Guide to Cycling in Rome
A unique way of taking advantage of the beautiful summer is to take a weekend break to Rome and explore the city riding a bike. Cycling around the city will allow you to discover some of the lesser known areas that are not on the more beaten path that visitors to the city take. Here is a guide to finding the best route that takes in all the unusual, yet still beautiful, attractions.
Before You Start
The best way to start your adventure is to take public transport such as a bus or a train into the middle of town, and from there find a place to rent a bike. The best routes are the ones that take into account the various bike paths which may not be so readily available in the busy city centre, or those that cross the Tiber from the banks allowing you to enjoy the natural beauty of the city. The bike rental should also include your safety equipment such as your helmet which, is important should you wish to avoid any serious accidents.
This proposed route is roughly 16 miles long and offers you plenty of opportunities to see a variety of attractions whilst enjoying the city from a different point of view. Another good thing about this particular route is that it is mostly downhill, meaning you won’t have to be a fitness fanatic to be able to complete it.
Your starting point is at Ponte Milvio, where there are plenty of newly constructed bike paths that allow you to cycle down the banks of the Tiber. The new bike paths are extremely useful in avoiding traffic, and you’ll be able to take in the natural scenery all along the river. From here you will cycle on past the Ministry of Foreign Affairs and the Foro Italico before passing the Ponte Cavour.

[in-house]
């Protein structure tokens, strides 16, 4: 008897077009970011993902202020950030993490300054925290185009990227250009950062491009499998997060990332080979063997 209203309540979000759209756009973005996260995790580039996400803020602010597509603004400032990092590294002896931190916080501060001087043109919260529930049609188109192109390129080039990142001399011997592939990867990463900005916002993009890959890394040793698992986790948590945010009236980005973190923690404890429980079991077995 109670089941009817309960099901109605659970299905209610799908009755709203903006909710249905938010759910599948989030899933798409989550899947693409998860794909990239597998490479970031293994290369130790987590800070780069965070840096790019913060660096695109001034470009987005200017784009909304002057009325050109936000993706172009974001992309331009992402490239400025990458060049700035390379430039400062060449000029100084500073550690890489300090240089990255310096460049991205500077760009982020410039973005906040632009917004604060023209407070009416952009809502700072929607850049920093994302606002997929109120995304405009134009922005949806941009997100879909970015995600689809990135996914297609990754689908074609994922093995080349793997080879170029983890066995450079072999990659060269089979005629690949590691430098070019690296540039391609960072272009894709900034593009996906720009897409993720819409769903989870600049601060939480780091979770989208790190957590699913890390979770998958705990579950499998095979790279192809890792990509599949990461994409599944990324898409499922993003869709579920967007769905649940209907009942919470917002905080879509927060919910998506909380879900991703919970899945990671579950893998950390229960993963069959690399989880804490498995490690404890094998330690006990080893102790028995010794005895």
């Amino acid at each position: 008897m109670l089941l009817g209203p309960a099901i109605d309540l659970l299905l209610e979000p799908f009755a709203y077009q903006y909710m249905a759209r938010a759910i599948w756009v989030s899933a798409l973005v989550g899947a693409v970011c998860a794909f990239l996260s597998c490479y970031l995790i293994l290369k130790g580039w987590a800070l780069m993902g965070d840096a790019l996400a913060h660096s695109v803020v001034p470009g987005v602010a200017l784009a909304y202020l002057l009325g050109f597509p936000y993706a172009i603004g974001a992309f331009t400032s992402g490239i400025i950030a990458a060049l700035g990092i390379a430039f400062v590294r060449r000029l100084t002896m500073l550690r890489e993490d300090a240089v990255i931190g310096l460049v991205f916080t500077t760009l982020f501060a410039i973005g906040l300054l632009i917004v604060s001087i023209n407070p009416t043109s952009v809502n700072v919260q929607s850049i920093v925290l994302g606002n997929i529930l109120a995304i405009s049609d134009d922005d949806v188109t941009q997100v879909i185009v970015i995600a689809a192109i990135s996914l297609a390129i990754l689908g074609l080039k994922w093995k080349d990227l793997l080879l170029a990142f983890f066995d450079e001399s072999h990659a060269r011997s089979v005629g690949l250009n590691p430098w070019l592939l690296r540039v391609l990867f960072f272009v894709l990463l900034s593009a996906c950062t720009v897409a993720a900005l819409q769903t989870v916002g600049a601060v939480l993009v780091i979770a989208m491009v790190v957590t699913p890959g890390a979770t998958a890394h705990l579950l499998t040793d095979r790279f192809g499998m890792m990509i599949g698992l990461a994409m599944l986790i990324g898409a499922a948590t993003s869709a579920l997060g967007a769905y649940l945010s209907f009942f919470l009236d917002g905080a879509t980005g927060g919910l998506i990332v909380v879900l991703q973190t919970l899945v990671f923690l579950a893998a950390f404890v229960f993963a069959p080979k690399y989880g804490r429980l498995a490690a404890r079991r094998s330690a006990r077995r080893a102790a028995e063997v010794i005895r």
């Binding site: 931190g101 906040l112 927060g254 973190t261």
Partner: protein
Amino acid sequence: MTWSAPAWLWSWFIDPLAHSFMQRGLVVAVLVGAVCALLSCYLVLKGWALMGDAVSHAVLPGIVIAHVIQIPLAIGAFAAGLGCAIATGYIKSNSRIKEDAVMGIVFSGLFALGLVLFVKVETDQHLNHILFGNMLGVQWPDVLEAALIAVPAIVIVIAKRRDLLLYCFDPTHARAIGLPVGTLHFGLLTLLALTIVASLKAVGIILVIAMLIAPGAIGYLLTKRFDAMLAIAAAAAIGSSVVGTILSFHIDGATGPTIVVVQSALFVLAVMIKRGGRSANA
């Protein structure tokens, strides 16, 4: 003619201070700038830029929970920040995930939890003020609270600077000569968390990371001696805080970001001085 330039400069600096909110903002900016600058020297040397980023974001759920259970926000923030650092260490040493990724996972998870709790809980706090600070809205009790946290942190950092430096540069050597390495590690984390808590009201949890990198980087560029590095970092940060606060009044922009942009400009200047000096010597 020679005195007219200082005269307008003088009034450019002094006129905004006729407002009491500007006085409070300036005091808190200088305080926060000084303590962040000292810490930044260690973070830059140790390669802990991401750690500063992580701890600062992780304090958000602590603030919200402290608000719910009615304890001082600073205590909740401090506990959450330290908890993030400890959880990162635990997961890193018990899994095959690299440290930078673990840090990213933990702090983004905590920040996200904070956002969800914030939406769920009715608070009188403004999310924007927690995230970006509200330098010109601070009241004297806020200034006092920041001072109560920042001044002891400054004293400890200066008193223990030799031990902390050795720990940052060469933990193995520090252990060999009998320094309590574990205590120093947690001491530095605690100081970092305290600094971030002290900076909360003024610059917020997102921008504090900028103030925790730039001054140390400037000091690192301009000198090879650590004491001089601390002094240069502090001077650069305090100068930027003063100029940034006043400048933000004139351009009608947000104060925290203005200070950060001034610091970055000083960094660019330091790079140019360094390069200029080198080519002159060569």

Past Ponte Cavour
After you have passed the Ponte Cavour you will be approaching a brilliant area filled with monuments that are truly remarkable. You can see the Castel S. Angelo and the Vatican before heading over the cobblestoned bridge of Vittorio Emanuele, walking along the slopes of the Giancolo. If you are thinking of taking a weekend break to Rome to enjoy some of the attractions.
After you have admired some of the beautiful architecture while sipping on a drink in the Piazza Sisto, you can head off to the access point to the Trilussa Tiber Island where the river ferries set sail to cross the river. Take the ferry over and follow the bike path that leads onto the Portaportese before you reach the Eur Magliana.
Take a little time to enjoy the surrounding religious monuments before you cycle a bit further on to the station, where you can finish your journey and take the train back to the centre of the city - fresh in the knowledge you have seen more of Rome than most people do in two weeks.
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